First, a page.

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according action advance guard allowed ammunition animals arms army arrangements arrival artillery assigned attack authority belligerent body brigade camp carried cars cavalry charge chief column commanding officer communication consist convoy corps cover defense Department detachments detailed direction distance division duty effective enemy enemy's engagement engineer established field fire flank force formation front ground halts horses hospital hostile important infantry instructions issued main body means miles military mounted necessary night observation occupied operations orders organized outpost party patrols persons picket placed position possible posts practicable prepared prevent prisoners protection rations rear rear guard regimental remain reserve roads rule sent sentinels sergeants ship soon staff strength supply taken tion trains transportation troops units unless usually wagons wounded yards
第 192 頁 - Convention for the adaptation to maritime warfare of the principles of the Geneva Convention of August 22, 1864.
第 203 頁 - All wanton violence committed against persons in the invaded country, all destruction of property not commanded by the authorized officer, all robbery, all pillage or sacking, even after taking a place by main force, all rape, wounding, maiming, or killing of such inhabitants, are prohibited under the penalty of death, or such other severe punishment as may seem adequate for the gravity of the offence.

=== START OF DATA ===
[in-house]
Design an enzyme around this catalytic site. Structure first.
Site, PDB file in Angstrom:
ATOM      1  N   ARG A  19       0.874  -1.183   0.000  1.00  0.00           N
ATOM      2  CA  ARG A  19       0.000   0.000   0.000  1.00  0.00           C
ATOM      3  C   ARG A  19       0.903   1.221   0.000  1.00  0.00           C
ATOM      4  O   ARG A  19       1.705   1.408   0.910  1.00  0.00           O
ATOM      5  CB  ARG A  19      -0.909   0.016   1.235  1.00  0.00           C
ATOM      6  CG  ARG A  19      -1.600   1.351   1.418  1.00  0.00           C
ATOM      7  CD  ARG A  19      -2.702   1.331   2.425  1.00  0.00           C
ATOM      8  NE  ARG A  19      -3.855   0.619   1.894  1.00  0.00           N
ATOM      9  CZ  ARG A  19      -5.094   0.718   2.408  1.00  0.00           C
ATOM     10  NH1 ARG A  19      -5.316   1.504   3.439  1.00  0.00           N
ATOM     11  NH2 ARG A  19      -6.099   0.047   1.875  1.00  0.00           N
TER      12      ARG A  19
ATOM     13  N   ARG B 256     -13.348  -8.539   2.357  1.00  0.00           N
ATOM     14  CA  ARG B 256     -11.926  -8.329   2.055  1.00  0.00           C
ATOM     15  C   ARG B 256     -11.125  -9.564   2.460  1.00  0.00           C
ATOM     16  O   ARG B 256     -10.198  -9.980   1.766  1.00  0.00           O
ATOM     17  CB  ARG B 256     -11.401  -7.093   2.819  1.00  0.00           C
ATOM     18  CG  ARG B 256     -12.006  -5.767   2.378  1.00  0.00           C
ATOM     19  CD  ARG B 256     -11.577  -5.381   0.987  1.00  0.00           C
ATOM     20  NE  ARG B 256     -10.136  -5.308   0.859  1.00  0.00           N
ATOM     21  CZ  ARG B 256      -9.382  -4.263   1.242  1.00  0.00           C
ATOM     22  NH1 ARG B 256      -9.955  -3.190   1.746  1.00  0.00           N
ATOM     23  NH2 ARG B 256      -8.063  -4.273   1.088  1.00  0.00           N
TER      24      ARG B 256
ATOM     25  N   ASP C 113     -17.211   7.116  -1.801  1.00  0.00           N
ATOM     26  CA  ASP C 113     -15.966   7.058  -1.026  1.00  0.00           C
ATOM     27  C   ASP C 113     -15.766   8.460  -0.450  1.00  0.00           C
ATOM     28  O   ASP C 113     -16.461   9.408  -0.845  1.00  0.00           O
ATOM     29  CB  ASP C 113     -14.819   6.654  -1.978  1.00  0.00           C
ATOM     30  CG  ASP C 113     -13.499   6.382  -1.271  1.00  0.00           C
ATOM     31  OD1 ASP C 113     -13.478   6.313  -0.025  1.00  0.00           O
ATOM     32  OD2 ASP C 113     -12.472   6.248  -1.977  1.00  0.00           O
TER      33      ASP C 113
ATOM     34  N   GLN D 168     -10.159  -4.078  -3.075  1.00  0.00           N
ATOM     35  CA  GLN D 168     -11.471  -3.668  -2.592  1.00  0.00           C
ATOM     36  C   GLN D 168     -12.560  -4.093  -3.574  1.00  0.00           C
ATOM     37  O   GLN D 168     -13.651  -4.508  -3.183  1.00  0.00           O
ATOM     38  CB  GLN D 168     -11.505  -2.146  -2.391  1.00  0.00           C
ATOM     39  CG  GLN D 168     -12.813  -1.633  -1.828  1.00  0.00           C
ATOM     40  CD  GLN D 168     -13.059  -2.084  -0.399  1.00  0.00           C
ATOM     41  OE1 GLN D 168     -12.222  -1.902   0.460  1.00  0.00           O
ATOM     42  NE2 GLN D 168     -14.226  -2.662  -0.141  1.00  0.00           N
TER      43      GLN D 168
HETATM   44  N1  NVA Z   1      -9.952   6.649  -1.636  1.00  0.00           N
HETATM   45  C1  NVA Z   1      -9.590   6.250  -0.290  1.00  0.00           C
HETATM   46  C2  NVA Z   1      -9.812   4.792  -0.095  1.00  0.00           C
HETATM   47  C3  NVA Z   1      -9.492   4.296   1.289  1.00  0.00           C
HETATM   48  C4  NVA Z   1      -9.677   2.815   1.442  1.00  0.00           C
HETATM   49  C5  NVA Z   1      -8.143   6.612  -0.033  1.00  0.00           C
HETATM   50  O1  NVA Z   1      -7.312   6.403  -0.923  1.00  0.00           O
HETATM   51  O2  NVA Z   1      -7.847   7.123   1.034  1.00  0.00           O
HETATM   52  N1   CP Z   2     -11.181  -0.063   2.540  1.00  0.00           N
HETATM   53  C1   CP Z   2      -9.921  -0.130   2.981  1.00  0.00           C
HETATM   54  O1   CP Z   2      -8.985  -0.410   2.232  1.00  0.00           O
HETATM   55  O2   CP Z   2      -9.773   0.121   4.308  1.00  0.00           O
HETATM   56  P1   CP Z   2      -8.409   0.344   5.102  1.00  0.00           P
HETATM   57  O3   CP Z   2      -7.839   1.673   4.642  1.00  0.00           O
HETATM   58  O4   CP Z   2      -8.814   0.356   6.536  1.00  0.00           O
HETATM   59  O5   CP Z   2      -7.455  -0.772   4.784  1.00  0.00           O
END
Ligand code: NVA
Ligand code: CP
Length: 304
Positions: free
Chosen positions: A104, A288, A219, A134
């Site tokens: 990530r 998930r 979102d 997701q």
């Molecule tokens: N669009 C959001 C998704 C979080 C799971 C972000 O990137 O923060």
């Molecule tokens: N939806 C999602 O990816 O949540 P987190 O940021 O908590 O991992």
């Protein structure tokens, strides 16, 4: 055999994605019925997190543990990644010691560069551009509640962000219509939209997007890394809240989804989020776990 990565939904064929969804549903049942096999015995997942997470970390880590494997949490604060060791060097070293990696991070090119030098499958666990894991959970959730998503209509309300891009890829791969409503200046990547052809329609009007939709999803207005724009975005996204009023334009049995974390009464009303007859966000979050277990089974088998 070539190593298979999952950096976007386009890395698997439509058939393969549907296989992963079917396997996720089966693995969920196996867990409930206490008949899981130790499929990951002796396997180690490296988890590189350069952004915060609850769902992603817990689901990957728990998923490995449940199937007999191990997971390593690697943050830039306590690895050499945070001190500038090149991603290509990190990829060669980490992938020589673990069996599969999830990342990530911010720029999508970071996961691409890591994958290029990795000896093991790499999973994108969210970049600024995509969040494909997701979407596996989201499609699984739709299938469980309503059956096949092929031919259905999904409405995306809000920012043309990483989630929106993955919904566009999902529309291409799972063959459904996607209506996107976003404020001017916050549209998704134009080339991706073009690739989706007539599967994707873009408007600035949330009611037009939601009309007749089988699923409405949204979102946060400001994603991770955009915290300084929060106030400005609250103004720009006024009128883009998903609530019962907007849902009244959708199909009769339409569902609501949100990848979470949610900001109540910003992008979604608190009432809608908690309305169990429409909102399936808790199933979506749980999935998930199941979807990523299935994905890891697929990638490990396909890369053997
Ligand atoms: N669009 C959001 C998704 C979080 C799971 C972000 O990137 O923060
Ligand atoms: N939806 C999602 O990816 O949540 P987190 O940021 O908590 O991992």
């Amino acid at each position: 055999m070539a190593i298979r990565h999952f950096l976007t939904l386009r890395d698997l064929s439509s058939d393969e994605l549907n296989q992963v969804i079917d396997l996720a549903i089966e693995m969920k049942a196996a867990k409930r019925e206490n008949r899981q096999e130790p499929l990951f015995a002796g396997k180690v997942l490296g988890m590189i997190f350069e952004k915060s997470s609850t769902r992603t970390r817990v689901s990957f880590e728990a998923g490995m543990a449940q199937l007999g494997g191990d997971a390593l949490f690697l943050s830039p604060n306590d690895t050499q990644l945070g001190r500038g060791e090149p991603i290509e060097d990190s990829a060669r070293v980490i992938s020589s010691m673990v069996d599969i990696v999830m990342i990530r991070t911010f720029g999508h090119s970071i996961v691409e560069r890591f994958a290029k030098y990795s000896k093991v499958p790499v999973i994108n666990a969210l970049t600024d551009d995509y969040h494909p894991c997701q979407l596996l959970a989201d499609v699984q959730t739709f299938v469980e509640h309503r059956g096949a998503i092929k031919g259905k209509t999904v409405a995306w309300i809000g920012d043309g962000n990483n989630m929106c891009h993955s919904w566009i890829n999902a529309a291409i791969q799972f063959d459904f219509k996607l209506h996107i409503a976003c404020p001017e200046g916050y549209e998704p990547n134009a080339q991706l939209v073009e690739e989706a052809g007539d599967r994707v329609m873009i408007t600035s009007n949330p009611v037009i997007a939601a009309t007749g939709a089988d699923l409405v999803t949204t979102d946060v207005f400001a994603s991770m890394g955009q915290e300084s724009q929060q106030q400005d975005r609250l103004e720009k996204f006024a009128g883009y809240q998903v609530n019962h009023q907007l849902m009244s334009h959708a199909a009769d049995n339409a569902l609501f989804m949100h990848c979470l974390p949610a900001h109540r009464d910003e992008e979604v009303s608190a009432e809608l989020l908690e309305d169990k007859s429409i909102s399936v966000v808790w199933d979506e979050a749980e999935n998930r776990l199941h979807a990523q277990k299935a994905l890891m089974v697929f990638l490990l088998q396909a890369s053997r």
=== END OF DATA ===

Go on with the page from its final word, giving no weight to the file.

第 198 頁 - Military necessity admits of all direct destruction of life or limb of armed enemies, and of other persons whose destruction is incidentally unavoidable in the armed contests of the war...
第 200 頁 - The law of war does not allow proclaiming either an individual belonging to the hostile army, or a citizen, or a subject of the hostile government an outlaw, who may be slain without trial by any captor, any more than the modern law of peace allows such international outlawry; on the contrary, it abhors such outrage.
第 201 頁 - The law of war can no more wholly dispense with retaliation than can the law of nations of which it is a branch ; yet civilized nations acknowledge retaliation as the sternest feature of war. A reckless enemy often leaves to his opponent no other means of securing himself against the repetition of barbarous outrage.
第 192 頁 - Power to whom they belong has given them an official commission and has notified their names to the hostile Power at the commencement of or during hostilities, and in any case before they are employed.
第 199 頁 - Commanders, whenever admissible, inform the enemy of their intention to bombard a place, so that the non-combatants, and especially the women and children, may be removed before the bombardment commences ; but it is no infraction of the common law of war to omit thus to inform the enemy. Surprise may be a necessity.
第 217 頁 - ... 140. Commanding officers have the right to conclude armistices binding on the district over which their command extends, but such armistice is subject to the ratification of the superior authority, and ceases so soon as it is made known to the enemy that the armistice is not ratified, even if a certain time for the elapsing between giving notice of cessation and the resumption of hostilities should have been stipulated for.
第 216 頁 - No prisoner of war can be forced by the hostile government to parole himself, and no government is obliged to parole prisoners of war, or to parole all captured officers, if it paroles any. As the pledging of the parole is an individual act, so is paroling, on the other hand, an act of choice on the part of the belligerent.
第 218 頁 - Civil war is war between two or more portions of a country or State, each contending for the mastery of the whole, and each claiming to be the legitimate government. The term is also sometimes applied to war of rebellion, when the rebellious provinces or portions of the State are contiguous to those containing the seat of government.